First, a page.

Nearly three weeks into my son’s life I was still just getting laughably miniscule amounts of milk on the pump, and he simply wouldn’t latch at all. After many tears we finally decided we had given it our very best effort and it was time to stop beating our heads against the wall. The LC’s were somewhat disapproving but not unkind, and they gave me instructions on how to “dry up” my milk supply. In retrospect that still makes me laugh because I guess they failed to understand the entire problem was I never really got a milk supply to begin with. My breasts remained flaccid and it was only a matter of about a day and a half before I had nothing left in them at all. Not even a few drops I could rub on his baby acne.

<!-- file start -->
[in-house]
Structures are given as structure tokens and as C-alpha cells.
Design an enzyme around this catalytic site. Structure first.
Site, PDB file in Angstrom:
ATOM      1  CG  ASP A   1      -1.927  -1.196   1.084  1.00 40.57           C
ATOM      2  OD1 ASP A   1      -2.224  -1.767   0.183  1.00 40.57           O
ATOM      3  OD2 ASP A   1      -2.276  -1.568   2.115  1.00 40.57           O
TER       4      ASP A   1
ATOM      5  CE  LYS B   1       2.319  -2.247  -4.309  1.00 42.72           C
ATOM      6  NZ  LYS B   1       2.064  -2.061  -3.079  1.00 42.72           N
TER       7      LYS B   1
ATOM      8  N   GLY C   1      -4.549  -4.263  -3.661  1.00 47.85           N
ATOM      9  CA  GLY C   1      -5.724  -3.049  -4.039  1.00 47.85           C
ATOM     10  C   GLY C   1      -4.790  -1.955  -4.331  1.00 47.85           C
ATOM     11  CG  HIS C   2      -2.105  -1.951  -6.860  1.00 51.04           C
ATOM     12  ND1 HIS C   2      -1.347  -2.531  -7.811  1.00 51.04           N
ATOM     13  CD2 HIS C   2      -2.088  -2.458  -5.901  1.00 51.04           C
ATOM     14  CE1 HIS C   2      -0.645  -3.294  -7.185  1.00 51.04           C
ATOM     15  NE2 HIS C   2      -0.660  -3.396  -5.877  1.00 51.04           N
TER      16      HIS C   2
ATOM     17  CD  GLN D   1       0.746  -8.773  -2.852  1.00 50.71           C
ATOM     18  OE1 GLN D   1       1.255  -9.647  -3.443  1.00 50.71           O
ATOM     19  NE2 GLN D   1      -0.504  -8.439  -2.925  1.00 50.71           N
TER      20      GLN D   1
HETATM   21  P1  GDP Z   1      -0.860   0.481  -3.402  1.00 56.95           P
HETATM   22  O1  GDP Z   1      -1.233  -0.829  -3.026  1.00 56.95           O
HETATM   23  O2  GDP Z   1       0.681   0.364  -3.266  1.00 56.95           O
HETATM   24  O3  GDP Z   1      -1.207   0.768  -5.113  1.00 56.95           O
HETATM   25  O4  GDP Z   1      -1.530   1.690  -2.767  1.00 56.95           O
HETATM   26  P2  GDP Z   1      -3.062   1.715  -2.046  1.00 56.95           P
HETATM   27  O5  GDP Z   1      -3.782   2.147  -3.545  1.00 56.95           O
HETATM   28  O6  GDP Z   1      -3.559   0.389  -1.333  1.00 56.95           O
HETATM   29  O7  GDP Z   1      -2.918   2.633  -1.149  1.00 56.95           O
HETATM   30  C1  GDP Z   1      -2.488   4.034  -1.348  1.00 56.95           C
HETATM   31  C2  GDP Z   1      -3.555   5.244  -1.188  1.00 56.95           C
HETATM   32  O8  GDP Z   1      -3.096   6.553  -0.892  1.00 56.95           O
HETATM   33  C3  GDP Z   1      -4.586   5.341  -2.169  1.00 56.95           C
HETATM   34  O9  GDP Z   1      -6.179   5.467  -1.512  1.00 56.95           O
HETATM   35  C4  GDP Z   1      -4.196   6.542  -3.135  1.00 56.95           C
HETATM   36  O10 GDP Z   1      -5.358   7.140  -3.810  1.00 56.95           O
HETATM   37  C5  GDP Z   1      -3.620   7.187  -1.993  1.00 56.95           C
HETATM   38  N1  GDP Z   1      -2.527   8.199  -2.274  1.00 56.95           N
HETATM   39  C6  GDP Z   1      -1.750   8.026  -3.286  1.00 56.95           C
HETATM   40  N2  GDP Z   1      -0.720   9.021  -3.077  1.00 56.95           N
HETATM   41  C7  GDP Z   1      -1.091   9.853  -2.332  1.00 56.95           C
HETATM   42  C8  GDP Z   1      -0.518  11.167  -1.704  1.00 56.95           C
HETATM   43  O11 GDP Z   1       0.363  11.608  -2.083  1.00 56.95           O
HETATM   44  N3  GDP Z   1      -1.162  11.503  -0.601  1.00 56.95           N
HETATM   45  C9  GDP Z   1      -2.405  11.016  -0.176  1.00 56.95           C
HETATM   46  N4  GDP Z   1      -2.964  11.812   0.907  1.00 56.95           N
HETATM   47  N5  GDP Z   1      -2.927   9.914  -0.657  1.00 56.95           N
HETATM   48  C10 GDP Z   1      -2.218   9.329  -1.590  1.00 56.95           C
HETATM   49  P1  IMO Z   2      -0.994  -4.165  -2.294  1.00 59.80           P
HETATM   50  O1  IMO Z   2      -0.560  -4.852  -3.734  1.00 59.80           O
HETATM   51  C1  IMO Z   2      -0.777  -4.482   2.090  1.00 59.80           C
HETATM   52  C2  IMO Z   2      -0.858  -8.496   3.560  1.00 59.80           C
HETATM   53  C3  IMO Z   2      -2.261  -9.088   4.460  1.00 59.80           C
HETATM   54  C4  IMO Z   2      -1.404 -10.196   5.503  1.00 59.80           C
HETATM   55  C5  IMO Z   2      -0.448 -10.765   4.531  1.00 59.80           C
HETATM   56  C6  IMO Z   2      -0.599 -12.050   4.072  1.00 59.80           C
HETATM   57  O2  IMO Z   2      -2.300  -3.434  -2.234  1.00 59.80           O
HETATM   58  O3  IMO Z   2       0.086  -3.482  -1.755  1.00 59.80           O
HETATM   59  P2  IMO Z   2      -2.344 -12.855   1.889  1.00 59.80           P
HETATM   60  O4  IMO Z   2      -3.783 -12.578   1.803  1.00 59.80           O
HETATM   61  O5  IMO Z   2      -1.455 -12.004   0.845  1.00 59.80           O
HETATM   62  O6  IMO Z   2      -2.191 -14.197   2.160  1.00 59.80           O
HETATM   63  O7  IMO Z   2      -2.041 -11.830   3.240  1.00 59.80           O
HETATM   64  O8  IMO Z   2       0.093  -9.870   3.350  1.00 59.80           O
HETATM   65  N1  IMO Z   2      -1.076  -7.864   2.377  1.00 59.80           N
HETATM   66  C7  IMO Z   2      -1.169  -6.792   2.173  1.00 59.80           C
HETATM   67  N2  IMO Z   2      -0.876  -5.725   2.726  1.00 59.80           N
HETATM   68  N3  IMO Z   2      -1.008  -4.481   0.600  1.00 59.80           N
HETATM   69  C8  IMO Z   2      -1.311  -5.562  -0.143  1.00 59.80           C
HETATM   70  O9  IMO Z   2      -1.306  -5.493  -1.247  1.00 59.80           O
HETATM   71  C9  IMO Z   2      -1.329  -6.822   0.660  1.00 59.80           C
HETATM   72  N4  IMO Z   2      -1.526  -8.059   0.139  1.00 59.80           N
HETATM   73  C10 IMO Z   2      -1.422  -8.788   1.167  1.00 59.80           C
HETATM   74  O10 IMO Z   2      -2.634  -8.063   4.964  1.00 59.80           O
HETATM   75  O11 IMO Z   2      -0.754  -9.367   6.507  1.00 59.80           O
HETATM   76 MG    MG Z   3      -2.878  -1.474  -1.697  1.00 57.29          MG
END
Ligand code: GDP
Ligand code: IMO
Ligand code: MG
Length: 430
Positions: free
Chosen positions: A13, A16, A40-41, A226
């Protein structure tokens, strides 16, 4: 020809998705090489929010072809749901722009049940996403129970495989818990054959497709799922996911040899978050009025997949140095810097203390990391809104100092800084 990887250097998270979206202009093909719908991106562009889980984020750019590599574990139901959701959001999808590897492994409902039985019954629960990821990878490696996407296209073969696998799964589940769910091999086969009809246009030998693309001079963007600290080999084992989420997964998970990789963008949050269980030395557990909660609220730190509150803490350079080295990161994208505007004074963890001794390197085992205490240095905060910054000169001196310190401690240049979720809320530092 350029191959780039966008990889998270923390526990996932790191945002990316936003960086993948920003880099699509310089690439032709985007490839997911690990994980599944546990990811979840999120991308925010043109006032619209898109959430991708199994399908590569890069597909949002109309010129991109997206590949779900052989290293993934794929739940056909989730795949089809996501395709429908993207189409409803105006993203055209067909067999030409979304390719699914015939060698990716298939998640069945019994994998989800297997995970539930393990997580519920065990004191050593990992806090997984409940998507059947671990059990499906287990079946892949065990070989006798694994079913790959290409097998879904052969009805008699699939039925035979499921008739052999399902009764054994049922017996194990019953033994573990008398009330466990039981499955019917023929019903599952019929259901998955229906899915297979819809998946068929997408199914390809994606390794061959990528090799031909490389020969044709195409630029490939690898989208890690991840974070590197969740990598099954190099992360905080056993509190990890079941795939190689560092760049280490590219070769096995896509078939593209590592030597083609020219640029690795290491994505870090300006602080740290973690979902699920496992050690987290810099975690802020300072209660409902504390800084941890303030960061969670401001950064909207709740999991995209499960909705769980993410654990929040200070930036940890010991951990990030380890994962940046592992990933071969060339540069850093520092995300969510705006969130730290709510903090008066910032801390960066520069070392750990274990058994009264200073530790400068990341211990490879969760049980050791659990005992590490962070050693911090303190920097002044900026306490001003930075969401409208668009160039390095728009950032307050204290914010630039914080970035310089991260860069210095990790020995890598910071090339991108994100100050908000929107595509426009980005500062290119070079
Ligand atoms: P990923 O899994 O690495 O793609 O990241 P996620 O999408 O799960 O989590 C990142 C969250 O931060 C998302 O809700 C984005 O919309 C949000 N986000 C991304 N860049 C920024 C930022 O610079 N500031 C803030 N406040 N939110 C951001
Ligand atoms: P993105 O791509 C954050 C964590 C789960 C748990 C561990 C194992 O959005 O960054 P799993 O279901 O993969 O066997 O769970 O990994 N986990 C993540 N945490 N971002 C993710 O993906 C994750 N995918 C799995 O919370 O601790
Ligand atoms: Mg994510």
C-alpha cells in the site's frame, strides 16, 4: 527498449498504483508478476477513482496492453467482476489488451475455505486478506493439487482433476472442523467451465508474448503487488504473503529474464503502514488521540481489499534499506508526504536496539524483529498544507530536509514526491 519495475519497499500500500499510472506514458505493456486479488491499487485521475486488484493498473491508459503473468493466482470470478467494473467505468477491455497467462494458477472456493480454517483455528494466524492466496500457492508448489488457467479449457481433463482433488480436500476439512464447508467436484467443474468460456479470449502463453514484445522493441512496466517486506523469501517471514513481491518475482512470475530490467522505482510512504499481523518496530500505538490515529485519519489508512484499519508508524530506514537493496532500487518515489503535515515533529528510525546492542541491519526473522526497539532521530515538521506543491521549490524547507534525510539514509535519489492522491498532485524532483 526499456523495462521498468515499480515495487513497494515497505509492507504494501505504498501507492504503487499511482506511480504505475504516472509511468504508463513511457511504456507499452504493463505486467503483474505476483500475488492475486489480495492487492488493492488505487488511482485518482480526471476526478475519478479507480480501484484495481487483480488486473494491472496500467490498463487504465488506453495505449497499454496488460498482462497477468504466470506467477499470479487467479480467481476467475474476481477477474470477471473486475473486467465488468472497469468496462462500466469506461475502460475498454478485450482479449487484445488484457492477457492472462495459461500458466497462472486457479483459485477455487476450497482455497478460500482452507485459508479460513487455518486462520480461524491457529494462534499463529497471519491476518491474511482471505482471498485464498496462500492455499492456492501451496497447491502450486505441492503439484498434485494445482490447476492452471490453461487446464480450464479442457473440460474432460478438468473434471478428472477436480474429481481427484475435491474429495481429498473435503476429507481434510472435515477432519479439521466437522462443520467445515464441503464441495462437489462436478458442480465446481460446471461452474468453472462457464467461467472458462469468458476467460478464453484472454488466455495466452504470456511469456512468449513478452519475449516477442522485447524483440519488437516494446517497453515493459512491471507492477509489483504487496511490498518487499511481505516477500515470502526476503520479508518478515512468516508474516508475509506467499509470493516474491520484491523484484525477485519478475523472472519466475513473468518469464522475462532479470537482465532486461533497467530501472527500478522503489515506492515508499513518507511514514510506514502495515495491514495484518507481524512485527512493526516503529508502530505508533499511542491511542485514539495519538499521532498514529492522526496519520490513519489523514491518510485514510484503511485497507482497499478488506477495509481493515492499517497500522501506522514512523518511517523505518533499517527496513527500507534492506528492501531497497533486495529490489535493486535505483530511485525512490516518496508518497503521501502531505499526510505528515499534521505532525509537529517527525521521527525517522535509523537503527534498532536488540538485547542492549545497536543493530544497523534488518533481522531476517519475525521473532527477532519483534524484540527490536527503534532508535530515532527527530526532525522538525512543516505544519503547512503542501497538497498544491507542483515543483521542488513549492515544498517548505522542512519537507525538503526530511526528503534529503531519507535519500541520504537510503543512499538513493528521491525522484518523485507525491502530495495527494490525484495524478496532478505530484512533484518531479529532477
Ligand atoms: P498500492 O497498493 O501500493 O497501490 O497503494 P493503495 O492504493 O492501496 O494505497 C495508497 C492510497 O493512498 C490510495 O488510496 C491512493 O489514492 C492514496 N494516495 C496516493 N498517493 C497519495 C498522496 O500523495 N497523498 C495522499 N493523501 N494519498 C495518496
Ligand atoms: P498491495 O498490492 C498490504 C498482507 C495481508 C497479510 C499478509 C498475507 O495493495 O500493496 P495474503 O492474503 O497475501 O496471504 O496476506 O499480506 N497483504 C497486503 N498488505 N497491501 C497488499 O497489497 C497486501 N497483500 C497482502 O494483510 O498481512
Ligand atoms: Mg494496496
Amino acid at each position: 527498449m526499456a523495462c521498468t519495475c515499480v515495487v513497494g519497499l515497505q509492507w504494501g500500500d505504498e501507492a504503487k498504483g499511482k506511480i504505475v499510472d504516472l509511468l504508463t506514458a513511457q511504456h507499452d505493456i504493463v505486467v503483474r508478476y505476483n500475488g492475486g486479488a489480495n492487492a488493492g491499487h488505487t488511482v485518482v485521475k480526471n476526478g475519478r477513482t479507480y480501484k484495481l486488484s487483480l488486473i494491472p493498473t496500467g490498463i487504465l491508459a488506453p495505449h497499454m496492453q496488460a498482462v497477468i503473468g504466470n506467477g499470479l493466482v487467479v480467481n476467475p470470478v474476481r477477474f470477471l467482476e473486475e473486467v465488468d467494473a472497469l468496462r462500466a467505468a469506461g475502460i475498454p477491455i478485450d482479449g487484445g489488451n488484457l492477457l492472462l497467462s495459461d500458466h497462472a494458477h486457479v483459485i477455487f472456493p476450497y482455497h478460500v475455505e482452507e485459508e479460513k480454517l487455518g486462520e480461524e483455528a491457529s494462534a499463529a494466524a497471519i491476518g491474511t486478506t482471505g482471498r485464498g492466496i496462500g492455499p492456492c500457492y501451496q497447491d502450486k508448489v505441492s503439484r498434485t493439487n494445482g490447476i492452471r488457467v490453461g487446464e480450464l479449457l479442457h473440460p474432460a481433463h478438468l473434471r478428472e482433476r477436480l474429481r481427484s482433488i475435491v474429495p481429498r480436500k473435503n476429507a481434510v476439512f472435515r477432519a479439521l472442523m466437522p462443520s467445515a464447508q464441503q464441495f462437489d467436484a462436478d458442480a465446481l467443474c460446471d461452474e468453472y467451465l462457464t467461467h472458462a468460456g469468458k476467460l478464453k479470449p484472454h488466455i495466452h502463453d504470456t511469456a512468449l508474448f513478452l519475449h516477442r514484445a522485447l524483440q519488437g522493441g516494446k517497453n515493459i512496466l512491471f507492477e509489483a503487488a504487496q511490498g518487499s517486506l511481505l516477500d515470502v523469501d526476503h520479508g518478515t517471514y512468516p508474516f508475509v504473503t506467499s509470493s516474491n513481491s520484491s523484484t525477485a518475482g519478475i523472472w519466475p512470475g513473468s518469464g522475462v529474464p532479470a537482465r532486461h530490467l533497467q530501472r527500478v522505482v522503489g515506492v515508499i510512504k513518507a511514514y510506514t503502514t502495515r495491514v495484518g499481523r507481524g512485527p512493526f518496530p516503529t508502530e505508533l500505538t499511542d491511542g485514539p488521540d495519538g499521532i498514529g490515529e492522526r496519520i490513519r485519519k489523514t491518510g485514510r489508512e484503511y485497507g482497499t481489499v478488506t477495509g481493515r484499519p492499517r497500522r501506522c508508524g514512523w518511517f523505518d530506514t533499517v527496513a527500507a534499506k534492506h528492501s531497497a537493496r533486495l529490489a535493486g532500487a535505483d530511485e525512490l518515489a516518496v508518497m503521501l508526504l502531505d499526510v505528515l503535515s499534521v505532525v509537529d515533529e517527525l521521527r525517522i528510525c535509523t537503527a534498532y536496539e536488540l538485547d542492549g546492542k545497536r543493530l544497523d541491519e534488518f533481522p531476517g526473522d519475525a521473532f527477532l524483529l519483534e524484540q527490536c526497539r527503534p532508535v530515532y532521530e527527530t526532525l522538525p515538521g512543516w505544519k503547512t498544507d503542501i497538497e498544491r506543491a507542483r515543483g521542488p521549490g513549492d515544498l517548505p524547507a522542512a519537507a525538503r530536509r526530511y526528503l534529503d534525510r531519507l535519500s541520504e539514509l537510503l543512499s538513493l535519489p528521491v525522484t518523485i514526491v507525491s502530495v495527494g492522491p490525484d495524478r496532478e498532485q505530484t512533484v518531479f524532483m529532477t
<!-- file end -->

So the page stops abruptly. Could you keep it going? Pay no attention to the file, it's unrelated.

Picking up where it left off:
I grieved, and still do grieve, terribly that I couldn’t breastfeed my baby. Every time I look at my breasts I am filled with regret and disgust at my own body’s inability to do what comes so naturally, what should be so normal. I feel like my body betrayed me. Every time I glance at the pump still sitting in the nursery I am filled with a mix of emotions: anger, guilt, shame, and terrible grief. More than anything I am just SAD that nothing about my son’s delivery, his eating, or first few weeks went as expected. I am envious of my friends who breastfeed with seemingly no problems, even after a few initial bumps. I despise envy in myself but I feel it, strongly.